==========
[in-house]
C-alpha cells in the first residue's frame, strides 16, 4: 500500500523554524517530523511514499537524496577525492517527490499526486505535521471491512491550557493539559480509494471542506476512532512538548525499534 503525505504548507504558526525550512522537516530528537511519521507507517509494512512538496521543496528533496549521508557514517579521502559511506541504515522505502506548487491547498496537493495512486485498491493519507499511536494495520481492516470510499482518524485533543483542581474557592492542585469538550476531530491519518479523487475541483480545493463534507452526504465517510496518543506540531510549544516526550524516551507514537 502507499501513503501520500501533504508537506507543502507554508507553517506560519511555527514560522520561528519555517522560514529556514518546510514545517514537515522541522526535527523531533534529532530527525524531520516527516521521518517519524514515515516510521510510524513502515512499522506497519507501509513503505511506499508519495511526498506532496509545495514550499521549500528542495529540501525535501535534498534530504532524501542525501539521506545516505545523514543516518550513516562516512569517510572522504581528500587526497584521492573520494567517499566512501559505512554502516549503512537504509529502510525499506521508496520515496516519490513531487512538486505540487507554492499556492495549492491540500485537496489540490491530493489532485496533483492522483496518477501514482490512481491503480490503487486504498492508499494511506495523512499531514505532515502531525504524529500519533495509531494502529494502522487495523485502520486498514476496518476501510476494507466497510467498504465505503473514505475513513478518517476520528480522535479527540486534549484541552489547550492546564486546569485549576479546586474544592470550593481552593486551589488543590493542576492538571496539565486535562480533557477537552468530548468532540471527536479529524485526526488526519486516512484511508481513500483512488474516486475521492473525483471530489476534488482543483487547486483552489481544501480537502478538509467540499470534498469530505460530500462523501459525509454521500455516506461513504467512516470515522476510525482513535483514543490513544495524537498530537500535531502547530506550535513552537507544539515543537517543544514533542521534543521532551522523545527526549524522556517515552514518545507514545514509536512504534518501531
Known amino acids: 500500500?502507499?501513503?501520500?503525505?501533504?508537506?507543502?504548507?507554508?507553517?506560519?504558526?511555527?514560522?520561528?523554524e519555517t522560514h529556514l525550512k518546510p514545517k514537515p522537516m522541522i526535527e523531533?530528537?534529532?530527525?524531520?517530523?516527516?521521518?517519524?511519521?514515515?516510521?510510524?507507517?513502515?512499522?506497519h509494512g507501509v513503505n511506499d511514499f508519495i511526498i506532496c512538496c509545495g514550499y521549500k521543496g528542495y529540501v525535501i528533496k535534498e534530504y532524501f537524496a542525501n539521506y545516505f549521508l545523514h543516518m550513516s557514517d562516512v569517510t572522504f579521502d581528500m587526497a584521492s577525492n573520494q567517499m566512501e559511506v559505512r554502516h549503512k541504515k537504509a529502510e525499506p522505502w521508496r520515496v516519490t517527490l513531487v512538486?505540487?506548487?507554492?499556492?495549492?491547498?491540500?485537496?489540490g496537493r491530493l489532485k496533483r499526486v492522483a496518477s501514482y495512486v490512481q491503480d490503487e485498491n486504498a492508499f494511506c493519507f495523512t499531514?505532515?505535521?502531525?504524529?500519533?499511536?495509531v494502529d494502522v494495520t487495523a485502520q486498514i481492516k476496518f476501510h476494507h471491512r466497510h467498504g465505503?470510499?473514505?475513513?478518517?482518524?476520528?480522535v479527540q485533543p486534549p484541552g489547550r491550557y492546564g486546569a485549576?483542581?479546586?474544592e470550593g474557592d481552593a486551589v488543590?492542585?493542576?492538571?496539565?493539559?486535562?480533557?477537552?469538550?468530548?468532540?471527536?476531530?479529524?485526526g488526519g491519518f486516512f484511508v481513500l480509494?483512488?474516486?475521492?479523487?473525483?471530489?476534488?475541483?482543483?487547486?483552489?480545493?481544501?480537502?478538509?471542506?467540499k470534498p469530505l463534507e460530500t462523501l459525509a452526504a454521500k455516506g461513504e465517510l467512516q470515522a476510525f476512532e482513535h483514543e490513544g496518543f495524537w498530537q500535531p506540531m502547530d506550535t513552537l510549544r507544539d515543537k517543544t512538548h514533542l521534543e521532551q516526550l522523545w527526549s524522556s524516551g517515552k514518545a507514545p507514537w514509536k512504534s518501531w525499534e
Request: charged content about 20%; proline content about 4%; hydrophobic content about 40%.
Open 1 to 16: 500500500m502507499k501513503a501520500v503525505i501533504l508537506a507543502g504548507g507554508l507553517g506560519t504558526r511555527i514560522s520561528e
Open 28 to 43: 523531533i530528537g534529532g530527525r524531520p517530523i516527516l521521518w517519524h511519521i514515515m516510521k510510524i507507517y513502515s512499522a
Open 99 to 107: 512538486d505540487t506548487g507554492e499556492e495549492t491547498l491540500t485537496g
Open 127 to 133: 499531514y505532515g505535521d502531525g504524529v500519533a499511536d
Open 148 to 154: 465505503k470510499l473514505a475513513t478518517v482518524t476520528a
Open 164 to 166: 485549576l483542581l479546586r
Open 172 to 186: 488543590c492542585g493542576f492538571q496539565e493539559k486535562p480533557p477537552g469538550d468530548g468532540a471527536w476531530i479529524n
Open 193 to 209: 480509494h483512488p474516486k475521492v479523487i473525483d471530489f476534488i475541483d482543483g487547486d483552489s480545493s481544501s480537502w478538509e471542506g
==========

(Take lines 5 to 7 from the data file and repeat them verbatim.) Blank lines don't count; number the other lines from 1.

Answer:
Open 1 to 16: 500500500m502507499k501513503a501520500v503525505i501533504l508537506a507543502g504548507g507554508l507553517g506560519t504558526r511555527i514560522s520561528e
Open 28 to 43: 523531533i530528537g534529532g530527525r524531520p517530523i516527516l521521518w517519524h511519521i514515515m516510521k510510524i507507517y513502515s512499522a
Open 99 to 107: 512538486d505540487t506548487g507554492e499556492e495549492t491547498l491540500t485537496g